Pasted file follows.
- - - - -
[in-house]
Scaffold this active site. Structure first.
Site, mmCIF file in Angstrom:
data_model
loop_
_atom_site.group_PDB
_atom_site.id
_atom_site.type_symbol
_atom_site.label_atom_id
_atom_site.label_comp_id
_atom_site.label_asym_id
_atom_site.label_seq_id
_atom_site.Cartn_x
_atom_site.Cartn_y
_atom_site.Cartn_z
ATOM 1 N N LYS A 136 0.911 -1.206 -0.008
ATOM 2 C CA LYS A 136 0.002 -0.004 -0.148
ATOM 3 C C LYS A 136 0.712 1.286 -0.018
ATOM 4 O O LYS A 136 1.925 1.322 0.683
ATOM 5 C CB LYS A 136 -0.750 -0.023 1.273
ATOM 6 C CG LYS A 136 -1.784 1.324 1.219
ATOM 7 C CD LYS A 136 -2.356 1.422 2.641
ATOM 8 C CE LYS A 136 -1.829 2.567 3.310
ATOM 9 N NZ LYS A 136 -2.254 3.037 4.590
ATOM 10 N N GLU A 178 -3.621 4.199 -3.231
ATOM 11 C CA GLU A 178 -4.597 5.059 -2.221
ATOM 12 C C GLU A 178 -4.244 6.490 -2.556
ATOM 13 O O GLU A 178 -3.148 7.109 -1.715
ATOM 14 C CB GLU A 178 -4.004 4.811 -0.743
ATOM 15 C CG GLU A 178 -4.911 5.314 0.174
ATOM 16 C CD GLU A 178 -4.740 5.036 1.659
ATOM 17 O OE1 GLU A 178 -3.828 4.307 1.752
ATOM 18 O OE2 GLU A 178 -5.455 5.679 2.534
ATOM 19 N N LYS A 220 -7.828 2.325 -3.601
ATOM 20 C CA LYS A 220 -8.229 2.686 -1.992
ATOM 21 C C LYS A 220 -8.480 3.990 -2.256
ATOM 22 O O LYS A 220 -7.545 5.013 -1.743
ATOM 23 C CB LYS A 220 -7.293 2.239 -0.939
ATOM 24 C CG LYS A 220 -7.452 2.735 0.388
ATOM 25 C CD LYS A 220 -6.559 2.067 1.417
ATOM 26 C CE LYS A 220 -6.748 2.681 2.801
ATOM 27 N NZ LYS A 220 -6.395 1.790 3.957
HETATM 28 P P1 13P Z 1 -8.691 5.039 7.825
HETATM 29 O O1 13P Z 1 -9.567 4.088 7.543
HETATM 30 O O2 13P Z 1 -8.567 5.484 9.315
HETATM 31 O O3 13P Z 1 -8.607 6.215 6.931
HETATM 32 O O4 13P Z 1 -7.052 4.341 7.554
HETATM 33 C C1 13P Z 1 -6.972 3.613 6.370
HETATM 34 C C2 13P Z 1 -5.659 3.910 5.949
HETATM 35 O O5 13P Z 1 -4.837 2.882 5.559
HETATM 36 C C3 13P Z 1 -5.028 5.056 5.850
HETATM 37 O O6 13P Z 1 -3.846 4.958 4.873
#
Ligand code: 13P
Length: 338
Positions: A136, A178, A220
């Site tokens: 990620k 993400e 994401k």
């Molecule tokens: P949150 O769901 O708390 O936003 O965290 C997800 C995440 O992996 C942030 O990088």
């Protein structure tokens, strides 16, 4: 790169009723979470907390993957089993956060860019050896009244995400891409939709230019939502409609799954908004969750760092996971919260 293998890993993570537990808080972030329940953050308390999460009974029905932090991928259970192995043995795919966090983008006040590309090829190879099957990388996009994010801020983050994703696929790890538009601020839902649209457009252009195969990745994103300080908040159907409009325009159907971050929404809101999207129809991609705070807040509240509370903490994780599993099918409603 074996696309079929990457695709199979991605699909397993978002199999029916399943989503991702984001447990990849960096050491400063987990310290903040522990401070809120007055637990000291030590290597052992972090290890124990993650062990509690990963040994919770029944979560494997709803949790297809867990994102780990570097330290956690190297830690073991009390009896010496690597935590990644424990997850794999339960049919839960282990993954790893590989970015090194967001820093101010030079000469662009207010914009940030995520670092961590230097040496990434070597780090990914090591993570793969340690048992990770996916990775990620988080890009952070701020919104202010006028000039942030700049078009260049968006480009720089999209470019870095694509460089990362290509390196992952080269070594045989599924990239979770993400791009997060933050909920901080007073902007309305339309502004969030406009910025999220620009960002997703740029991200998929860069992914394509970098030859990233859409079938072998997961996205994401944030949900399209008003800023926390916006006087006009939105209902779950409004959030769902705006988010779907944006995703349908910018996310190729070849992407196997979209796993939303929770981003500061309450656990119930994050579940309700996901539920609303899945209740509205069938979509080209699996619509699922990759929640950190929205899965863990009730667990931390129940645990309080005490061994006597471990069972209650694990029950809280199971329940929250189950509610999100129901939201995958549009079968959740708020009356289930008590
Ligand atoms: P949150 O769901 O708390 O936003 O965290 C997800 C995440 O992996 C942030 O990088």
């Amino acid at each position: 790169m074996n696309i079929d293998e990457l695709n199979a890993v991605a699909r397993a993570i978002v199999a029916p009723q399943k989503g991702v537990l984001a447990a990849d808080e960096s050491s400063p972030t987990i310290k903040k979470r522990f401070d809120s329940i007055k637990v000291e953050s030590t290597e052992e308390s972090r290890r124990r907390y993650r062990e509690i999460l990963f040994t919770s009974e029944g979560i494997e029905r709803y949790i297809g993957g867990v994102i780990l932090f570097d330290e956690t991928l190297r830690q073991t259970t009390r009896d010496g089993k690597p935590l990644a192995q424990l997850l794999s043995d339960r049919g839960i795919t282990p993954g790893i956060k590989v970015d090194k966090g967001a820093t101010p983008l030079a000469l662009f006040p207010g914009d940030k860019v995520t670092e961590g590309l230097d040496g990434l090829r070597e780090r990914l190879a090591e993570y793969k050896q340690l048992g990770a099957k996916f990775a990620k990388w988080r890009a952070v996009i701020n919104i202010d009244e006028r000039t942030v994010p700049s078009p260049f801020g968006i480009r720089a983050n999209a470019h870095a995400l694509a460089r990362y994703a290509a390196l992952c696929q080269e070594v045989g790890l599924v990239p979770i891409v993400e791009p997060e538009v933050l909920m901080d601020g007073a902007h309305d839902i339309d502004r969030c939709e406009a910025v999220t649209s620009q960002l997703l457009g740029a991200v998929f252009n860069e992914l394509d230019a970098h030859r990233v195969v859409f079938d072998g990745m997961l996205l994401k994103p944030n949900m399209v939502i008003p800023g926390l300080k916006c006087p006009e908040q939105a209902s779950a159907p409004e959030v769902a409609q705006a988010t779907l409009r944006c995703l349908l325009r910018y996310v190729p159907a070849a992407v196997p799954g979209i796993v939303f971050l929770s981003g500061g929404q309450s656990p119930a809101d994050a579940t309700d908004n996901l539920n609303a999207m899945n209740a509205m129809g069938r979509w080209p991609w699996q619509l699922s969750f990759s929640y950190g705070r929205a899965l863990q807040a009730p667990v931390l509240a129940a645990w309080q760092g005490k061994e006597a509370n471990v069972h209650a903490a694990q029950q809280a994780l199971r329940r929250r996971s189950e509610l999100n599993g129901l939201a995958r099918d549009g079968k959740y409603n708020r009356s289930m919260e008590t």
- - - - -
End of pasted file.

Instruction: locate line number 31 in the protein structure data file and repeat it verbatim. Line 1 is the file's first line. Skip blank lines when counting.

ATOM 16 C CD GLU A 178 -4.740 5.036 1.659